After only about a season's worth of at-bats in his entire minor league career, Chicago Cubs outfield prospect Jorge Soler is headed for the major leagues. He'll most likely debut in Cincinnati this week, according to sources familiar with the situation.
Soler, 22, was injured last year and earlier this season, so he hasn't played a full season yet in the minors. But in compiling 15 home runs and 57 RBIs to go along with a .340 batting average in Double-A and Triple-A this season, the Cubs deemed him ready for prime time.
Listed at 6-foot-4 and 215 pounds, teammates say he's a "freakish" athlete who has the potential to be a five-tool player, although he wasn't a stolen base threat in the minor leagues. But that potential is one reason the Cubs signed the Cuban native to a nine-year, $30 million deal in 2012.
Since recovering from two different hamstring injuries, Soler has been on fire in Double-A and then Triple-A. He batted .415 -- with a .494 on-base percentage -- with six home runs and 22 RBIs in 22 games at Double-A Tennessee before his promotion to Triple-A Iowa, where his slash line is .282 AVG/.378 OBP/.618 SLG with eight home runs and 29 RBIs in 32 games.
Of all the Cubs prospects, Soler is being fast-tracked to the major leagues for two likely reasons: He has already signed a long-term major league contract, and he might have the best plate discipline of them all. The Cubs have always been up front about the fact that strikeouts and walks are a big factor in determining promotions at all levels. Since he signed with the Cubs, Soler has been on the right side of that equation.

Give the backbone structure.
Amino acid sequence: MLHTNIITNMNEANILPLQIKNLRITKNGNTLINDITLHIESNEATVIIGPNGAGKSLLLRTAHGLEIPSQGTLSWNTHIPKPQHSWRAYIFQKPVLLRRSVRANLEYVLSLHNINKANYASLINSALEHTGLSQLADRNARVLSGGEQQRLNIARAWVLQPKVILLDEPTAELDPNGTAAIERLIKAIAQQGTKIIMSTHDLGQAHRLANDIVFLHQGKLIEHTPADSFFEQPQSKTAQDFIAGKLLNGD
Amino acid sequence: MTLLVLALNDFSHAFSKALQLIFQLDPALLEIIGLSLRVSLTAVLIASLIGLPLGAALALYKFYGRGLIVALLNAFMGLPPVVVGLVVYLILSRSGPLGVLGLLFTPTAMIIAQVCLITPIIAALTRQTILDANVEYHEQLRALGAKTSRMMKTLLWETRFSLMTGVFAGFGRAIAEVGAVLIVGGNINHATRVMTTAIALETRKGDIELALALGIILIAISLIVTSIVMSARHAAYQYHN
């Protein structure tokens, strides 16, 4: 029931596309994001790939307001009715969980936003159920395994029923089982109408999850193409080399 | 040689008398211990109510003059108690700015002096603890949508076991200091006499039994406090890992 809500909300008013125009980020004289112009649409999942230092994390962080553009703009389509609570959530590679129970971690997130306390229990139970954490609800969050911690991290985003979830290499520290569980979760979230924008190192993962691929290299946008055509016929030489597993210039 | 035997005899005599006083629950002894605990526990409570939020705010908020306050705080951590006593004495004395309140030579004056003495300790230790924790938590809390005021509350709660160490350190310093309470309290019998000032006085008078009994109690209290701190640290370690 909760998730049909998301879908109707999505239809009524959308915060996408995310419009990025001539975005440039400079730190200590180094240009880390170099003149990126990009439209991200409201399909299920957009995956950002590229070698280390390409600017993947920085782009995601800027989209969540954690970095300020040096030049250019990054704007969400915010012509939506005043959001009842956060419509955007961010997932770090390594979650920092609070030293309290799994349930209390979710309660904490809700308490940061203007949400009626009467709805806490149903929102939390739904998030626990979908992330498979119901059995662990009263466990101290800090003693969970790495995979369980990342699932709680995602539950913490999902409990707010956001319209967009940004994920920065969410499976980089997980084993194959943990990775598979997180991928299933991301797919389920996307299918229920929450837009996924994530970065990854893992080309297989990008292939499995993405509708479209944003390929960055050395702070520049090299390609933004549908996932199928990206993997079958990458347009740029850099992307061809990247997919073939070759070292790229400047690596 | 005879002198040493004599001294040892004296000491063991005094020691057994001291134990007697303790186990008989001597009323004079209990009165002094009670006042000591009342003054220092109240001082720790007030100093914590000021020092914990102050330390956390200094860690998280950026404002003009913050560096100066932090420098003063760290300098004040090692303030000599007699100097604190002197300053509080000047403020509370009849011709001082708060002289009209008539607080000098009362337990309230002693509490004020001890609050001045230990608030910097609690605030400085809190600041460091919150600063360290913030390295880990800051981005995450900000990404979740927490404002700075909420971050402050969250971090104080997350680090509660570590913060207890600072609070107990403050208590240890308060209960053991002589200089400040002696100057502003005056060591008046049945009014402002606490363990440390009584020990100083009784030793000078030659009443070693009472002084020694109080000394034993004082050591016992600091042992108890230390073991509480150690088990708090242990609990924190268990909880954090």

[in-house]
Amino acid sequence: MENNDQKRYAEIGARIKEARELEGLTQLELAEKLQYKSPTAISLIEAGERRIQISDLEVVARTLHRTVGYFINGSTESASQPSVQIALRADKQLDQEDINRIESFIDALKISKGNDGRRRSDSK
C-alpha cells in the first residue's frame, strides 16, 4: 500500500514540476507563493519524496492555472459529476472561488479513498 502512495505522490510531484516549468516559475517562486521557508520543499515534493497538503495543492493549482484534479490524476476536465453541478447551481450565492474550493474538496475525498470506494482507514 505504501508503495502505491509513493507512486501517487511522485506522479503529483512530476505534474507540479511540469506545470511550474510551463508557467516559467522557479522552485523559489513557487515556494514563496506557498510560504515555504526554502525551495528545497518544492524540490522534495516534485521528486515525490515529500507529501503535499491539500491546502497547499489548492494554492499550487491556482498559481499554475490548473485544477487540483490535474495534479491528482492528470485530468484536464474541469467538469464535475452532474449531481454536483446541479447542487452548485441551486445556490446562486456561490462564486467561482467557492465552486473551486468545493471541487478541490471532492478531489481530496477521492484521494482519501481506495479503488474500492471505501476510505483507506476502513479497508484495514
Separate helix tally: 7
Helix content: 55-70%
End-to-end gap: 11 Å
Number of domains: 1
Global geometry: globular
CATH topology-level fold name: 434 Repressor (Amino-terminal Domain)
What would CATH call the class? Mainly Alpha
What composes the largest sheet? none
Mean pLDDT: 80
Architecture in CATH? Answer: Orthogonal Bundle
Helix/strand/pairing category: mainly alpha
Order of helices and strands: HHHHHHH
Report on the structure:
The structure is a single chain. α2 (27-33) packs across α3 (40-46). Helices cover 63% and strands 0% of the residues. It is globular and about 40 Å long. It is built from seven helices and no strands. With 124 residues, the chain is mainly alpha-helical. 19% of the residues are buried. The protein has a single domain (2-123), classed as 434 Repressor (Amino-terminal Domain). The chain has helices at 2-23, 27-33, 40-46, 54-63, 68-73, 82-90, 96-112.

In three minor league seasons, he has struck out a total of 105 times against 66 walks. This year he has 41 strikeouts and 29 walks split between Double-A and Triple-A. That's a 1.41 ratio. For comparison, Javier Baez had a 3.82 strikeout-to-walk ratio before being called up. Top prospect Kris Bryant has a 1.83 ratio this year, meaning he's close, as well. Considering Soler's age and experience, he has proved that he has the plate discipline of a more seasoned veteran.
On-base percentage is still a major concern for the Cubs, who rank second to last in the National League (.298) this season. Soler should help in that department as his .432 on-base percentage in the minors this season is off the charts. Bryant has that ability, too. When the Cubs start to reach base more often, their transformation on offense will be complete.
For now, Soler gets the same chance that fellow called-up prospects Baez and Arismendy Alcantara are getting: a head-start on 2015.
And fans get to see another piece to the puzzle debut.